Large Firm Service. Small Firm Attention.
Understanding the Differences between the IDEA and Section 504
Published April 29, 2021
By Marion M. Walsh, Esq., Littman Krooks LLP
The Individuals with Disabilities Education Act (IDEA) and Section 504 of the Rehabilitation Act of 1973 (Section 504) protect the rights of students with disabilities in public schools. Often, parents have confusion about the two laws, as there is some overlap, and the terms and protections can be confusing. Here are some questions and answers.
What are the Basic Differences between IDEA and Section 504?
The IDEA, initially passed in 1975, is a comprehensive statute established by Congress with a dual purpose: 1) to ensure that students with disabilities are afforded a free appropriate public education (“FAPE”) through an Individualized Education Program (IEP); and 2) ensure that the rights of students with disabilities and parents of such students are protected, through extensive procedural safeguards.
A FAPE consists of special educational instruction that is designed to meet the unique needs of a student, supported by such services as are necessary to permit the child to benefit from the instruction. The student’s recommended program must also be provided in the least restrictive environment with non-disabled peers. Courts measure whether students have received a FAPE, by reviewing whether an IEP provides or offers a program reasonably calculated to produce educational benefits in accordance with the student’s unique circumstances.
Section 504, passed in 1973, represents the first federal civil rights law for individuals with disabilities. Students with disabilities are entitled to protection from discrimination and reasonable accommodations. The law provides that:
- [n]o otherwise qualified individual with a disability in the United States … shall, solely by reason of her or his disability, be excluded from the participation in, be denied the benefits of, or be subject to discrimination under any program or activity receiving Federal financial assistance.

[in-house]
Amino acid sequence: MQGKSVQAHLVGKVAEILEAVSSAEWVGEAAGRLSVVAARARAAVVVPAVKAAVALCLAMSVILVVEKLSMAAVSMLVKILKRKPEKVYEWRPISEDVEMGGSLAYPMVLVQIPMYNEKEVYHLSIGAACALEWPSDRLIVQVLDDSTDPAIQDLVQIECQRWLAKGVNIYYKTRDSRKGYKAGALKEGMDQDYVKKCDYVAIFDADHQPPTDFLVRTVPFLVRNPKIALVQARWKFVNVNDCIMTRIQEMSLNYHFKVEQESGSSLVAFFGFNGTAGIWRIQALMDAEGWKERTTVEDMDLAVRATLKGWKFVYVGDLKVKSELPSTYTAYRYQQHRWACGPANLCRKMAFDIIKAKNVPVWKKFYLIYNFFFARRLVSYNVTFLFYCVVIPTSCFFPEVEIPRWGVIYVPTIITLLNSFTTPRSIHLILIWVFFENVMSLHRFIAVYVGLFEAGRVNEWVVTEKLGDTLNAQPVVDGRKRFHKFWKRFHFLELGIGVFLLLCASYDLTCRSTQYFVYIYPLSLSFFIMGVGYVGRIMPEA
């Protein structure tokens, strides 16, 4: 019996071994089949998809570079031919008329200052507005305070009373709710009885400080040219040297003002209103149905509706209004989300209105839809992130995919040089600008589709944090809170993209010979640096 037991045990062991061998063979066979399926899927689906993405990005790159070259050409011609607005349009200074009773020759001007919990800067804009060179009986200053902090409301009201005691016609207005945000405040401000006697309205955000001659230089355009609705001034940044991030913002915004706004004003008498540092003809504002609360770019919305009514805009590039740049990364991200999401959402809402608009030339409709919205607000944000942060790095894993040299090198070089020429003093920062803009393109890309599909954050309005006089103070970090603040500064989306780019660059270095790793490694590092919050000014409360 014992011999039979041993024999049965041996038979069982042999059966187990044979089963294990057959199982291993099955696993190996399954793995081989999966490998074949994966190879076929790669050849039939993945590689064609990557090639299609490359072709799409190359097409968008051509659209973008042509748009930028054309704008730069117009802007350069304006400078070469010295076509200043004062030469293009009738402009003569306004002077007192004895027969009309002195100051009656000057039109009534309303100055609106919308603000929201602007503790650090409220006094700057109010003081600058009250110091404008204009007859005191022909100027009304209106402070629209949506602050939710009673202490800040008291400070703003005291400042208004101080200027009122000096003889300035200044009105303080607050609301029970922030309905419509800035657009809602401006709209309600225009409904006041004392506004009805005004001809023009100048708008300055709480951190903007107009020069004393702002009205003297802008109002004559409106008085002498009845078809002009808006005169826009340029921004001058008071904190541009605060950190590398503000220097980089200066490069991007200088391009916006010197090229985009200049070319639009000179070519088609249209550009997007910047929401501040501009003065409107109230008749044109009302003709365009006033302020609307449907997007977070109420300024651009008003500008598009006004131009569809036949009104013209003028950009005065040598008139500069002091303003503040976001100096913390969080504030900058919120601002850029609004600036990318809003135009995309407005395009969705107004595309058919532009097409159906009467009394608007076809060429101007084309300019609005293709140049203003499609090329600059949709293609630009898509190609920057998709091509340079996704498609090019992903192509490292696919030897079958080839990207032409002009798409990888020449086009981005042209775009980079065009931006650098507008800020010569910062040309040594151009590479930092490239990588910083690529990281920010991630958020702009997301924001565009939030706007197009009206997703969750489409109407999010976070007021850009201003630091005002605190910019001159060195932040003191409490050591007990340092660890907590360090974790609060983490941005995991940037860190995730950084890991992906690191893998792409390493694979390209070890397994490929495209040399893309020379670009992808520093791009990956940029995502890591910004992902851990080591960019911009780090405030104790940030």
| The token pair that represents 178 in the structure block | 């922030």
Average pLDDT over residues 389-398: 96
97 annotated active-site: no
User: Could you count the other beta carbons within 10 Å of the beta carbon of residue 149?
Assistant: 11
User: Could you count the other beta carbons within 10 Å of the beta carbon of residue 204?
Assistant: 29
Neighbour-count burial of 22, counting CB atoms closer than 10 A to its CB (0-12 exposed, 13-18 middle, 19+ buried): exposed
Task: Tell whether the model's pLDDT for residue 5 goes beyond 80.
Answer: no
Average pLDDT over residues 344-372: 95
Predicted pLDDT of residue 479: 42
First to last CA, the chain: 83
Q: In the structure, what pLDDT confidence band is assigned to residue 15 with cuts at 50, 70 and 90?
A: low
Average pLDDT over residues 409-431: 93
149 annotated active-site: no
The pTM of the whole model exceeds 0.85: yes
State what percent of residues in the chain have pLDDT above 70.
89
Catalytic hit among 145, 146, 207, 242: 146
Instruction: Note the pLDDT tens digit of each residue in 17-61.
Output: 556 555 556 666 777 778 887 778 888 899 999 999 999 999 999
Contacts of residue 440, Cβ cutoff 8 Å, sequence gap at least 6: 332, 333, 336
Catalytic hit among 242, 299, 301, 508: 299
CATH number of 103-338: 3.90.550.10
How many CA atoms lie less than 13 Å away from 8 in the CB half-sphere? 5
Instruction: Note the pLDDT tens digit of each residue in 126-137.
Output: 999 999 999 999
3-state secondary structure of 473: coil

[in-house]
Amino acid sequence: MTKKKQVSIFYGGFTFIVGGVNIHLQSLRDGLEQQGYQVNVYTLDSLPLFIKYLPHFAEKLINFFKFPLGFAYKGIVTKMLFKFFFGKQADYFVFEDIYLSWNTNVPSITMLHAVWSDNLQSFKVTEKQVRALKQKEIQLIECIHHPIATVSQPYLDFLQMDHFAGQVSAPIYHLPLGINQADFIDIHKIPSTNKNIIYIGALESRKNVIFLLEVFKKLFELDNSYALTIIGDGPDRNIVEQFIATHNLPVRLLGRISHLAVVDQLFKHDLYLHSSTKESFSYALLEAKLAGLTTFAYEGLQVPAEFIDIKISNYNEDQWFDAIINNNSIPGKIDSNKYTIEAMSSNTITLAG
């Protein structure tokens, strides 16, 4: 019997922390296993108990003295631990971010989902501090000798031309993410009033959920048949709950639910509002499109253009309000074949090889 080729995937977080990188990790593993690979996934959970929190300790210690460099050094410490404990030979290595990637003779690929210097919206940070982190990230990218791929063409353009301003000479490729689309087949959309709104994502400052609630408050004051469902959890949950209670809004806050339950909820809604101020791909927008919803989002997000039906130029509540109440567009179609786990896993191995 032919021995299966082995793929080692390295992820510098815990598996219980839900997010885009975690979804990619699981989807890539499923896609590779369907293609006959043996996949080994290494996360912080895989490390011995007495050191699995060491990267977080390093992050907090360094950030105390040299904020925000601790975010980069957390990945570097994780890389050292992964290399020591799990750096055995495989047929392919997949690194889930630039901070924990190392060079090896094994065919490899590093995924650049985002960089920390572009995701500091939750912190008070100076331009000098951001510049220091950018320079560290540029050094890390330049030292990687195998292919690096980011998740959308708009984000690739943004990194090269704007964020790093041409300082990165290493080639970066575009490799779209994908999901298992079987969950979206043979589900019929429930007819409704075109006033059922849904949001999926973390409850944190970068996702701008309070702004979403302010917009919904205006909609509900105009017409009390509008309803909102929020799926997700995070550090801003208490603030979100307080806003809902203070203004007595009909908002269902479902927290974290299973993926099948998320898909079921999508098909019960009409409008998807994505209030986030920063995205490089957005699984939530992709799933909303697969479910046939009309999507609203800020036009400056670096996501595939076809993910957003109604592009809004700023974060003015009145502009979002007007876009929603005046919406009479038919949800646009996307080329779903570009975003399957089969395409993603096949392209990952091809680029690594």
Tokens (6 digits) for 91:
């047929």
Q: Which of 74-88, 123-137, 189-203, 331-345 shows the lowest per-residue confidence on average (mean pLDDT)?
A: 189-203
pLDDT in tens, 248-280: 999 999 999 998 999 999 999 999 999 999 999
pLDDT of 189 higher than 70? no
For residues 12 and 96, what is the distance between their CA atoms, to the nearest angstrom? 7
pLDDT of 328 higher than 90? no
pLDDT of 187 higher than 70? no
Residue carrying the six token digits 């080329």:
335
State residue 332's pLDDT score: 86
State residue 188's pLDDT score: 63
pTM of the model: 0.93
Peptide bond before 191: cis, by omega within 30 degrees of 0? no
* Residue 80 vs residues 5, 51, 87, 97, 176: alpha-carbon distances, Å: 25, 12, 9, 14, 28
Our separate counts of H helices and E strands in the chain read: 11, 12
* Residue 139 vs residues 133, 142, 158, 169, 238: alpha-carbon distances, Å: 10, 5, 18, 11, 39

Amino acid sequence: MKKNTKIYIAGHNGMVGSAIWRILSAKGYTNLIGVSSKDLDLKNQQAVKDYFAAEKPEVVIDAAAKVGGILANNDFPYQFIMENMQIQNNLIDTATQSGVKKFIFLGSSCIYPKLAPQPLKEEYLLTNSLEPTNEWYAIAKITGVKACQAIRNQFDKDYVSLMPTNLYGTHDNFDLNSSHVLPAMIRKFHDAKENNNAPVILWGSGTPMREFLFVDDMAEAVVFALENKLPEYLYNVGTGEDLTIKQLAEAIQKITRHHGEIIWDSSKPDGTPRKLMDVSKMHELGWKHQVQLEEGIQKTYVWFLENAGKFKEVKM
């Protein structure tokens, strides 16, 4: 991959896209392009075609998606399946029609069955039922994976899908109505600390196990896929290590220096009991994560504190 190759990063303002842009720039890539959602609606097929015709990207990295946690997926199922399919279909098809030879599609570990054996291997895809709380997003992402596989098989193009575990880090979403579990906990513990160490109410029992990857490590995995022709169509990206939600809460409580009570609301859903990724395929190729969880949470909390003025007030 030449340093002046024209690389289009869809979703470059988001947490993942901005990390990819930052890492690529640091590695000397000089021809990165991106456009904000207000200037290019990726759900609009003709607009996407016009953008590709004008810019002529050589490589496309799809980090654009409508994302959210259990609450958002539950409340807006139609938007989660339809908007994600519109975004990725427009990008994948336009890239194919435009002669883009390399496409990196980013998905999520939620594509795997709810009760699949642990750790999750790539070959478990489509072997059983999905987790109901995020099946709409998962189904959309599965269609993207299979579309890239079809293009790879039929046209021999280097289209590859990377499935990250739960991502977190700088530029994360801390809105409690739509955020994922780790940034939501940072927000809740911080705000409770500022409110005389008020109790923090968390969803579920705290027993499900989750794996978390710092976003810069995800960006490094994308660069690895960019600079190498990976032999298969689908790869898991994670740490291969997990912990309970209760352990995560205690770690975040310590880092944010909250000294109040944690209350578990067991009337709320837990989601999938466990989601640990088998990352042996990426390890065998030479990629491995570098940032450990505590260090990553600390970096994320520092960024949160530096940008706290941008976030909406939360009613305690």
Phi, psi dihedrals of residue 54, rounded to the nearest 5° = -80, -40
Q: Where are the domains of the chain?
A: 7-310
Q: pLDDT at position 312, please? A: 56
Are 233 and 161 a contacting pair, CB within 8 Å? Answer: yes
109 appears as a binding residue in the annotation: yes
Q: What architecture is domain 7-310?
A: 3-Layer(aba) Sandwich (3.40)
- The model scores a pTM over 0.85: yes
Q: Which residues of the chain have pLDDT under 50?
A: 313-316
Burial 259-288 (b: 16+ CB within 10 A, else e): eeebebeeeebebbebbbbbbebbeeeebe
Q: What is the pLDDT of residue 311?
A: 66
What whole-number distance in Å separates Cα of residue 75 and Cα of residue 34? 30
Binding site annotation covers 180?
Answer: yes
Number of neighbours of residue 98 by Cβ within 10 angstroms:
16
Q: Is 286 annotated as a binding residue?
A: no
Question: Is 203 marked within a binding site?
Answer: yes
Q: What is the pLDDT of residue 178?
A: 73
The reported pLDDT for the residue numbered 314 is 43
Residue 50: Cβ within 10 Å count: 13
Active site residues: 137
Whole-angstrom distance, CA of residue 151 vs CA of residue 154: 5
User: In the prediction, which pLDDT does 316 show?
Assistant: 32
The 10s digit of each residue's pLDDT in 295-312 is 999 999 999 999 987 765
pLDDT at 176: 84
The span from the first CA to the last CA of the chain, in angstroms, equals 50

While IDEA is phrased in terms of a state’s affirmative duty to provide a free, appropriate public education, the Rehabilitation Act is worded as a negative prohibition against disability discrimination in federally funded programs. In other words, Section 504 provides relief from discrimination, whereas the IDEA provides relief from inappropriate educational placement decisions, regardless of discrimination.
Do both IDEA and Section 504 Protect Students after High School Graduation or Aging Out?
Only Section 504 protection extends beyond high school graduation or when a student ages out of special education. When a student with a disability graduates from high school or ages out of special education at 21 in New York, protection under IDEA and the entitlement to a FAPE ends. In contrast, Section 504 protection extends into adulthood and requires any institution that receives federal funding, such as most colleges and many employers, to comply with Section 504.
What are the Eligibility Criteria for Students under IDEA and Section 504?
A student classified under IDEA must have a disability that falls into one of 13 categories, such as, to name just a few categories, autism, a speech language impairment, an other health impairment, an emotional disturbance, or a specific learning disability. The disability must have an educational impact and the student must need special education services. The eligibility standard for Section 504 is much broader. A student will be eligible under Section 504 if the student has a physical or mental impairment that substantially limits a major life activity. Both laws protect students with mental health challenges or diagnoses, whether the student has a cognitive impairment or learning disability.